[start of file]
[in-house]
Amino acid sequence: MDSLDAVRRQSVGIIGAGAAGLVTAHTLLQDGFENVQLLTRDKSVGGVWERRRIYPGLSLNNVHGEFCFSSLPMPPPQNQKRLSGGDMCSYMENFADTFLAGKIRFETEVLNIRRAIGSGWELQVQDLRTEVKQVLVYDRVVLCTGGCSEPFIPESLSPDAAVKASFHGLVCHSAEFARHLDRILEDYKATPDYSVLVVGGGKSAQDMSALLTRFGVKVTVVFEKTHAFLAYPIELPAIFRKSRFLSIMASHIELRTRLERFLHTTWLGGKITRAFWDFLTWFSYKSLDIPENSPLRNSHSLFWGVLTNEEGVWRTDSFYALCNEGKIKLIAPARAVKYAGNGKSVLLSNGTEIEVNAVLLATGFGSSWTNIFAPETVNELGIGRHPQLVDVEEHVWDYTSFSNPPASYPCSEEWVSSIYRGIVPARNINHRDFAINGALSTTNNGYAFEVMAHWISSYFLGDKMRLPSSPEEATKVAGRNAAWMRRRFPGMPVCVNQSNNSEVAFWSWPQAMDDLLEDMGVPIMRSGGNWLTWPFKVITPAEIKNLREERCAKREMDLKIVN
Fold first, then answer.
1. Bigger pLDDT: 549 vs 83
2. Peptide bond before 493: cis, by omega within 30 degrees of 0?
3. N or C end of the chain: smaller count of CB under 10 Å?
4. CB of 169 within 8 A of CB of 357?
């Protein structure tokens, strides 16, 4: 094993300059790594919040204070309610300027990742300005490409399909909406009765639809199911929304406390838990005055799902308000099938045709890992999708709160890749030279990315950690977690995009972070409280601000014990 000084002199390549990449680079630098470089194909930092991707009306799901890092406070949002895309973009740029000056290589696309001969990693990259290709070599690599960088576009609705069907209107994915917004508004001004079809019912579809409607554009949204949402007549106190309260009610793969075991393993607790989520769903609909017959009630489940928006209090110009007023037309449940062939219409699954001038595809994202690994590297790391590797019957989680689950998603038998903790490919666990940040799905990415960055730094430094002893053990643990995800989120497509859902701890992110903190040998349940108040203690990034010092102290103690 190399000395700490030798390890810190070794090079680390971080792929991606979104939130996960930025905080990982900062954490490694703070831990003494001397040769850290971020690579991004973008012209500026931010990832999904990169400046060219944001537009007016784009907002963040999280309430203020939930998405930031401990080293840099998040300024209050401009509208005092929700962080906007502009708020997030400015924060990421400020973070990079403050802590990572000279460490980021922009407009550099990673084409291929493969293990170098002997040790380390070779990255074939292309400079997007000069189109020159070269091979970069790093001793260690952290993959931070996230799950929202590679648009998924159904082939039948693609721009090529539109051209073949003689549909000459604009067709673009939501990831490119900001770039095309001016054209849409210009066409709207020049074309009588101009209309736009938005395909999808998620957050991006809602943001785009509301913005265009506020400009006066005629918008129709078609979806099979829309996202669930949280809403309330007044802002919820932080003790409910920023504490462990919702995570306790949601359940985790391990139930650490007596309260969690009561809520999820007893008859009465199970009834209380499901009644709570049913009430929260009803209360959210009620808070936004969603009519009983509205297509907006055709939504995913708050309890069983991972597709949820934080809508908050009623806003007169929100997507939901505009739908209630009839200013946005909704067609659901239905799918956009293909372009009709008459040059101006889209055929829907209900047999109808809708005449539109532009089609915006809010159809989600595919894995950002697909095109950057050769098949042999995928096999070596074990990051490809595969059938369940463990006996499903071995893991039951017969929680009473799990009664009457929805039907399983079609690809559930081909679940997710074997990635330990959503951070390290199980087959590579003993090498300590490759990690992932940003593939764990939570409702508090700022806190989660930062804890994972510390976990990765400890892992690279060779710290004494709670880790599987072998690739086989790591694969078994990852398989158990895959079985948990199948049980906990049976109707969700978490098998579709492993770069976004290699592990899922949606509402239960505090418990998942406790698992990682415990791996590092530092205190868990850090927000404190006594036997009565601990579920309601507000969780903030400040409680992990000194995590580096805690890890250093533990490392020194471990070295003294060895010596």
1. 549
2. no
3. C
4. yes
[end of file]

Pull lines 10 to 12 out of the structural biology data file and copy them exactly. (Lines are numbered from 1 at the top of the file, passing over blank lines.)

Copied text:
2. no
3. C
4. yes